Effects of Space Flight and −6° Bed Rest on the Neuroendocrine Response to Metabolic Stress in Physically Fit Subjects

Authors


Address for correspondence: Lucia Ksinantova, M.D., Ph.D., Institute of Experimental Endocrinology, Slovak Academy of Sciences, Vlarska 3, 833 06 Bratislava, Slovak Republic. Voice: 421-25477-3800; fax: 421-25477-4247. e-mail: Lucia.Ksinantova@savba.sk

Abstract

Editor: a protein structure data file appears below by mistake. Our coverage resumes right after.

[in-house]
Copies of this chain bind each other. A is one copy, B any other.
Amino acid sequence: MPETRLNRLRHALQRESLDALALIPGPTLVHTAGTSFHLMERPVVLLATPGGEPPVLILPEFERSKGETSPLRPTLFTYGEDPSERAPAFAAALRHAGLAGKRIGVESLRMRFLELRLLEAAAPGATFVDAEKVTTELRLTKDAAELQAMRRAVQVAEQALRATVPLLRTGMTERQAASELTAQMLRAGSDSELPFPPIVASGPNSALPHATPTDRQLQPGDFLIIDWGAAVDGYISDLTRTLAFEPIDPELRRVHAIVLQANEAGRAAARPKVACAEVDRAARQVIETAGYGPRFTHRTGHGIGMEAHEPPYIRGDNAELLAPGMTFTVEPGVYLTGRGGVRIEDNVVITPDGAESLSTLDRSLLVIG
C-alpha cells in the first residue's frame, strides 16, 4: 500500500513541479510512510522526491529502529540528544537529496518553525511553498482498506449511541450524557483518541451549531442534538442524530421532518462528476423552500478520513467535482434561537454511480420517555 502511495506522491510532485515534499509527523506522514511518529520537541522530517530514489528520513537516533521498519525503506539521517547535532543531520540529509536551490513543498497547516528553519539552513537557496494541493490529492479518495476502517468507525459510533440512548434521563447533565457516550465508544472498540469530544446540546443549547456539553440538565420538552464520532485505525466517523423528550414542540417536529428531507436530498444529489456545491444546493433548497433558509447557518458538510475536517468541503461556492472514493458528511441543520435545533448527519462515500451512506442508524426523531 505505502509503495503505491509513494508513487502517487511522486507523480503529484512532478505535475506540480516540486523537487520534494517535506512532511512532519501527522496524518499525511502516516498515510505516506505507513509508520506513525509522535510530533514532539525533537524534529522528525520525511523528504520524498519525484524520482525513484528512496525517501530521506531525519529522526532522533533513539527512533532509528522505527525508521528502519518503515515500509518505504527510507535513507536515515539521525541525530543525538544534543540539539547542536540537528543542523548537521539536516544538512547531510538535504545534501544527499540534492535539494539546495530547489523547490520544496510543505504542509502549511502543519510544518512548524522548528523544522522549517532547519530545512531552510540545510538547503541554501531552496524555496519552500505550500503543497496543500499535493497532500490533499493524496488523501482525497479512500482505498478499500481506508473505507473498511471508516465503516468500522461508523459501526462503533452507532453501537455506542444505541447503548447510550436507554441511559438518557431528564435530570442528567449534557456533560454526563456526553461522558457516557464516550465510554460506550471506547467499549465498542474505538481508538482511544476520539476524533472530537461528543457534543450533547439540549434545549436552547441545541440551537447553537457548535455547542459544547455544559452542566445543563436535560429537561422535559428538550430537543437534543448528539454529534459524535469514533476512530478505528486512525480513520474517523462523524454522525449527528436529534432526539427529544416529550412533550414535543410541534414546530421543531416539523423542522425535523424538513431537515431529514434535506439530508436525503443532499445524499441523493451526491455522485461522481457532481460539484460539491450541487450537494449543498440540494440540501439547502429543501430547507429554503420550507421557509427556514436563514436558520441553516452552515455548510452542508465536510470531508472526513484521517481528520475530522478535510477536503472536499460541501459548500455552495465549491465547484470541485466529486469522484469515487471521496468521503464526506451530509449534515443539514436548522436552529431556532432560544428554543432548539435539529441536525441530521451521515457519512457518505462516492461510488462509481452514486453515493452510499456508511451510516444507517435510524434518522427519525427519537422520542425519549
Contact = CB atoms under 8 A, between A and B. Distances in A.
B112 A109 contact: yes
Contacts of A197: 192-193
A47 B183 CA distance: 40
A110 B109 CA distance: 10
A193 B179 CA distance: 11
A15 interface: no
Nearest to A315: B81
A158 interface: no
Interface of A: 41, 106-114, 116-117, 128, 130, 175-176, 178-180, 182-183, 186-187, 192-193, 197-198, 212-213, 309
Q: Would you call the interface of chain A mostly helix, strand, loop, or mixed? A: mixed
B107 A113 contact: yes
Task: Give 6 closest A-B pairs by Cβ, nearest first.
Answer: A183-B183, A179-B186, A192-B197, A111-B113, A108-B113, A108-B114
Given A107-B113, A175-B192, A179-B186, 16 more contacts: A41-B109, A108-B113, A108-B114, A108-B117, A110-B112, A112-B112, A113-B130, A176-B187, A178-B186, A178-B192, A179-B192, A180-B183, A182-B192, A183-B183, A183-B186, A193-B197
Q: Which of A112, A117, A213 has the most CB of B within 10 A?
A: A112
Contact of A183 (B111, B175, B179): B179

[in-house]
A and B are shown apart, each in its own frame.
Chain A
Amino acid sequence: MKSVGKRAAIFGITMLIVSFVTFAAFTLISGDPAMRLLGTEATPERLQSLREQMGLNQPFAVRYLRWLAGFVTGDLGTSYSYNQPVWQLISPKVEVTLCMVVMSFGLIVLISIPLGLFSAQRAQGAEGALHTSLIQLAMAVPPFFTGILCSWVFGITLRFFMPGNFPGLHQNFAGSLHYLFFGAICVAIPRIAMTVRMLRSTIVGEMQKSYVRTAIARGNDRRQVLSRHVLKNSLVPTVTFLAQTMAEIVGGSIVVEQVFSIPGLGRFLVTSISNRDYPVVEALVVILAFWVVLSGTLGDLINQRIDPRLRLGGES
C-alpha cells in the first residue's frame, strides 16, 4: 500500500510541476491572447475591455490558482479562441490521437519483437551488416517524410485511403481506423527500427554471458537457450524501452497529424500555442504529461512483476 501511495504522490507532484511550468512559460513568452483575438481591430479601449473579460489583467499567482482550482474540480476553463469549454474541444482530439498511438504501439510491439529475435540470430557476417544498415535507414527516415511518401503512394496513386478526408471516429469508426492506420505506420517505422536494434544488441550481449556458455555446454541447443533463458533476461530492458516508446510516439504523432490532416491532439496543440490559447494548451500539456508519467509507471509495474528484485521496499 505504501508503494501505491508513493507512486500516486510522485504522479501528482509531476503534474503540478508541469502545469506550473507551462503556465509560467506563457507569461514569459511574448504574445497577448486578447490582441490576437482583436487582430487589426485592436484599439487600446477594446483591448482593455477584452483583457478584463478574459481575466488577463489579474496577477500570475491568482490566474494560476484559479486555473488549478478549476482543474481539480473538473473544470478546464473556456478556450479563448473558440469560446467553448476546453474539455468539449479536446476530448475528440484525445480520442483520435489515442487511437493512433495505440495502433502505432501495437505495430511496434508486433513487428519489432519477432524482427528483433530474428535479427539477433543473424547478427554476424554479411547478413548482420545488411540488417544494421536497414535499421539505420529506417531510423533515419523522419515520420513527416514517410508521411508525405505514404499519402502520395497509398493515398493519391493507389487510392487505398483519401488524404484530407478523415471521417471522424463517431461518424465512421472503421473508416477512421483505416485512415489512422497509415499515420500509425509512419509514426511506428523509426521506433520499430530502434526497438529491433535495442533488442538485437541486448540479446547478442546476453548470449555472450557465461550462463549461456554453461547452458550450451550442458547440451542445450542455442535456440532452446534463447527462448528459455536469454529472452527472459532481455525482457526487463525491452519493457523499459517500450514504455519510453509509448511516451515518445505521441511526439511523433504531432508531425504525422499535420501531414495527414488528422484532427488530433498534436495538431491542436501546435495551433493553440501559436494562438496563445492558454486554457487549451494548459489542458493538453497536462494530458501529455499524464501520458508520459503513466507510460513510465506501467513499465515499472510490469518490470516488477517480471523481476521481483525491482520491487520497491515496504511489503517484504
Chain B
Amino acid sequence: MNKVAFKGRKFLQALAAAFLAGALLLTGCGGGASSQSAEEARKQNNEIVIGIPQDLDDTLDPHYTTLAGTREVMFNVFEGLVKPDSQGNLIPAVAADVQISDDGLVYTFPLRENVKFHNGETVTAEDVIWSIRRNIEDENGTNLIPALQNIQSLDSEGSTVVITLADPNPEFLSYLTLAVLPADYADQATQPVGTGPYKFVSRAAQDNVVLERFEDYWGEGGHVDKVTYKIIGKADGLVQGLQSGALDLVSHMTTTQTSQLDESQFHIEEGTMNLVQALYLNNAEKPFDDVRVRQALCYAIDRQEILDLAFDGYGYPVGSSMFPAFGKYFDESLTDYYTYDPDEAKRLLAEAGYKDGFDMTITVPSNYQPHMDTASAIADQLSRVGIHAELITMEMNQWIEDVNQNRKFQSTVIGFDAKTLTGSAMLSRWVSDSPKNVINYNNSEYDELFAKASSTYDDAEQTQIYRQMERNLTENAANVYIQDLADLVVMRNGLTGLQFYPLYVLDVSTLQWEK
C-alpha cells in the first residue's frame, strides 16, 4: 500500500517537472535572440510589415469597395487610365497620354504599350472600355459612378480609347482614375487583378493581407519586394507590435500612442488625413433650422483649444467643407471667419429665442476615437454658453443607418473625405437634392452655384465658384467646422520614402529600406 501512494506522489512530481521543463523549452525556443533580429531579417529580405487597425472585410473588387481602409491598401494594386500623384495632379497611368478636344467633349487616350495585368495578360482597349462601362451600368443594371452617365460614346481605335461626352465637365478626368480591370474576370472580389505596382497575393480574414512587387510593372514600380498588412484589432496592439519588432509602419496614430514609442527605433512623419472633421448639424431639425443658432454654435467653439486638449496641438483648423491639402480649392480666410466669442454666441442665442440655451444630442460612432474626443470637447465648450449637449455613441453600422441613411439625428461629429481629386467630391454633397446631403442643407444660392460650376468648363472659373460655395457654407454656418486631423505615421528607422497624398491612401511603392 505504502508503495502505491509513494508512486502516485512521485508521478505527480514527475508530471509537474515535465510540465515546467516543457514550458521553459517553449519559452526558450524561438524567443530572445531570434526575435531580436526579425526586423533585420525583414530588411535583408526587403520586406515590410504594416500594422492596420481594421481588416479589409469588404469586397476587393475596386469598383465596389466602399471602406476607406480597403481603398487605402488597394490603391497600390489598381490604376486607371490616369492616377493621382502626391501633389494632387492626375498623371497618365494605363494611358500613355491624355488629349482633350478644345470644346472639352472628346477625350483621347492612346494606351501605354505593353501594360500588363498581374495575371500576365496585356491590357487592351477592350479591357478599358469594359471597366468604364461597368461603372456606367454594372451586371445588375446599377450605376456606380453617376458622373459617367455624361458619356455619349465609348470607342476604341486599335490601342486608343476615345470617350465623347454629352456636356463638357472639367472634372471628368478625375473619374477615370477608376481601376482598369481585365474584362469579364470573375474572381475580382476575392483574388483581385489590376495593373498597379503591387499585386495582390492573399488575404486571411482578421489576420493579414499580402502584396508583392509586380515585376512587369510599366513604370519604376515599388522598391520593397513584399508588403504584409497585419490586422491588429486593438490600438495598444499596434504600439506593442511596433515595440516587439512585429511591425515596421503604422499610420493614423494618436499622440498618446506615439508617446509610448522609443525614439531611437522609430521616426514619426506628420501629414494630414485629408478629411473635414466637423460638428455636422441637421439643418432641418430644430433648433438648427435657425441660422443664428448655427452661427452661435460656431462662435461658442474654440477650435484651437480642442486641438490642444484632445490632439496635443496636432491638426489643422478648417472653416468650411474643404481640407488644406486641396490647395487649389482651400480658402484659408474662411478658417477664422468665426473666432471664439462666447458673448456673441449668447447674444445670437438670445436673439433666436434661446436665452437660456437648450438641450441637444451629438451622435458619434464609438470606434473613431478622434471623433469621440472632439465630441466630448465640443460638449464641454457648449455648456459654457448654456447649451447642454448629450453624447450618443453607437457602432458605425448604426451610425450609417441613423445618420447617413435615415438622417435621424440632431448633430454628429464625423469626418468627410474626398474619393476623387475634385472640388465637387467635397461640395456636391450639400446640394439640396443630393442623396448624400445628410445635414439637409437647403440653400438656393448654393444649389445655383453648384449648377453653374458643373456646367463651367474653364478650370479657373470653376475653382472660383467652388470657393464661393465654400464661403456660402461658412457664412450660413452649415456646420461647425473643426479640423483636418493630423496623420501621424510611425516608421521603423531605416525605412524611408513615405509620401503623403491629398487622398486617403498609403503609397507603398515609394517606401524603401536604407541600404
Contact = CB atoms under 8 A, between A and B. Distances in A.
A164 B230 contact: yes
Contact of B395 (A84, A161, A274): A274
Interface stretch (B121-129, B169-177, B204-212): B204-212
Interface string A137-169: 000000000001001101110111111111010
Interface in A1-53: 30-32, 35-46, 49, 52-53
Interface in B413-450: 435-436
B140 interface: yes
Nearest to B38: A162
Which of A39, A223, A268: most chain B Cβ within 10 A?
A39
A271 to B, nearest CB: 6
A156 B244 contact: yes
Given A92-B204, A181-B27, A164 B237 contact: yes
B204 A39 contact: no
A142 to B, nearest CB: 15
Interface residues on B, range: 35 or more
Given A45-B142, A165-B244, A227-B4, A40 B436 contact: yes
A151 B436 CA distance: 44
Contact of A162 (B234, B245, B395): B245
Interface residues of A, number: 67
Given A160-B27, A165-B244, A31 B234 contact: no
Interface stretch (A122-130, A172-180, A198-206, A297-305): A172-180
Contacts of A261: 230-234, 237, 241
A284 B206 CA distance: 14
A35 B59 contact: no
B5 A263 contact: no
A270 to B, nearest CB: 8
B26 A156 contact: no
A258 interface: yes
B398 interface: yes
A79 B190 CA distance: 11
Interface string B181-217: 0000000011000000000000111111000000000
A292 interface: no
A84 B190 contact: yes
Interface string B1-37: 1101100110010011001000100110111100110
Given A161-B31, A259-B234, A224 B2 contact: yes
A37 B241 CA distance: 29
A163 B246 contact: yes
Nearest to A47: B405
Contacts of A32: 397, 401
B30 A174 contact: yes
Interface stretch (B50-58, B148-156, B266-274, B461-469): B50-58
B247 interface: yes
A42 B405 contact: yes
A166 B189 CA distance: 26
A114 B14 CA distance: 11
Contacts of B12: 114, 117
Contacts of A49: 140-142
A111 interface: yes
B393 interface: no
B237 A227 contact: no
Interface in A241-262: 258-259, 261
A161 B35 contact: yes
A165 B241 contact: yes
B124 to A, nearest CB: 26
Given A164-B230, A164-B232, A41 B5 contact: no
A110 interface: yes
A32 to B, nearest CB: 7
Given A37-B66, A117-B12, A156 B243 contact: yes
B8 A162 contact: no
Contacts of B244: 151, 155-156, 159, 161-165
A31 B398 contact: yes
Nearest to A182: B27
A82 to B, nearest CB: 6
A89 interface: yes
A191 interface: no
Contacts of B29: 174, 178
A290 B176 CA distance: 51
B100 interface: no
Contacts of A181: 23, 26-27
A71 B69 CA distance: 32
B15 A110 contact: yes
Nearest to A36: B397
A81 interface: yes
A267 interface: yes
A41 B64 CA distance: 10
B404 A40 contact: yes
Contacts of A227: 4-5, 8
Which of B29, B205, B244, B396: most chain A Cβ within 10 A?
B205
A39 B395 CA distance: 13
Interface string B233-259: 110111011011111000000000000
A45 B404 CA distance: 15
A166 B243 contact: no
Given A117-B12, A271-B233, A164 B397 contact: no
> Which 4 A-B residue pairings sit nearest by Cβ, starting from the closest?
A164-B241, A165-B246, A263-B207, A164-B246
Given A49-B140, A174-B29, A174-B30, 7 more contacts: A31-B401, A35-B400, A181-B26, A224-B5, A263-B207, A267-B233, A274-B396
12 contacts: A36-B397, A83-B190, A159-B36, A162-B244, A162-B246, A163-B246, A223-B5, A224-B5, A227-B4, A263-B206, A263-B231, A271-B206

Abstract: The aim of this study was to evaluate the association of plasma epinephrine (EPI) and norepinephrine (NE) responses to insulin-induced hypoglycemia (ITT) 3 weeks before the space flight (SF), on the fifth day of SF, on days 2 and 16 after landing in the first Slovak astronaut, and before and on the fifth day of prolonged bed rest (BR) in 15 military aircraft pilots, aged 33.5 ± 1.4 years, body mass index (BMI) 26.5 ± 0.7 kg/m2, maximal oxygen uptake (VO2max) 55.2 ± 2.4 mL/kg/min, who volunteered for the study. ITT was induced by i.v. administrations of 0.1 IU/kg body weight insulin (Actrapid HM) in a bolus. Insulin administration led to a comparable hypoglycemia in preflight, actual flight conditions, and before and after bed rest. ITT led to a pronounced increase in EPI levels and moderate increase in NE in preflight studies. However, an evidently reduced plasma elevation of EPI was found after insulin administration during SF and during BR. Thus, during the real microgravity in SF and simulated microgravity in BR, ITT activates the adrenomedullary system to less extent that at conditions of the Earth's gravitation. Post-flight changes in EPI and NE did not differ from those of preflight values, since SF was relatively short (8 days) and the readaptation to Earth's gravitation was fast. It seems that an increased blood flow in brain might be responsible for the reduced EPI response to insulin. Responses to ITT in physically fit subjects indicate the stimulus specificity of the deconditioning effect of 5 days of bed rest on the stress response.

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